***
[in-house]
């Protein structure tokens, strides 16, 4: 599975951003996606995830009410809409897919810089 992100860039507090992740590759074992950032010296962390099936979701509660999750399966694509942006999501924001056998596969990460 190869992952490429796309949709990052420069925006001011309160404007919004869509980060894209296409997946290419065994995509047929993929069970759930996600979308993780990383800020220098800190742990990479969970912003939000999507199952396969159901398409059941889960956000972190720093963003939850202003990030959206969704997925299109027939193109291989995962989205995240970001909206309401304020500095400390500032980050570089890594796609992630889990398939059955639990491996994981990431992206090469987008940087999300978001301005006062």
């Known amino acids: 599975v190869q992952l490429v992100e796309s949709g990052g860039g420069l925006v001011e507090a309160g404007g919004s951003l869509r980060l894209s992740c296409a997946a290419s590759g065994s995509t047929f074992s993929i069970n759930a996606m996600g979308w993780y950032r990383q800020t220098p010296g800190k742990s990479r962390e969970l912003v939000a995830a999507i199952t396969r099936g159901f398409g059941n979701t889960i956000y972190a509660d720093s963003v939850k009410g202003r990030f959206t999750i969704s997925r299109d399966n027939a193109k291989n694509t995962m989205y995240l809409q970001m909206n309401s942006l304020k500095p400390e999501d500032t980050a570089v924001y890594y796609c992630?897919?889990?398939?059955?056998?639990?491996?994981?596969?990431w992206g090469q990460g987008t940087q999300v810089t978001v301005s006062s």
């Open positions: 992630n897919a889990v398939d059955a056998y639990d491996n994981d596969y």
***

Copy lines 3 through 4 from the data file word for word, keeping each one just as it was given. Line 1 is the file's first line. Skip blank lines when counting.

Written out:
């Known amino acids: 599975v190869q992952l490429v992100e796309s949709g990052g860039g420069l925006v001011e507090a309160g404007g919004s951003l869509r980060l894209s992740c296409a997946a290419s590759g065994s995509t047929f074992s993929i069970n759930a996606m996600g979308w993780y950032r990383q800020t220098p010296g800190k742990s990479r962390e969970l912003v939000a995830a999507i199952t396969r099936g159901f398409g059941n979701t889960i956000y972190a509660d720093s963003v939850k009410g202003r990030f959206t999750i969704s997925r299109d399966n027939a193109k291989n694509t995962m989205y995240l809409q970001m909206n309401s942006l304020k500095p400390e999501d500032t980050a570089v924001y890594y796609c992630?897919?889990?398939?059955?056998?639990?491996?994981?596969?990431w992206g090469q990460g987008t940087q999300v810089t978001v301005s006062s």
């Open positions: 992630n897919a889990v398939d059955a056998y639990d491996n994981d596969y």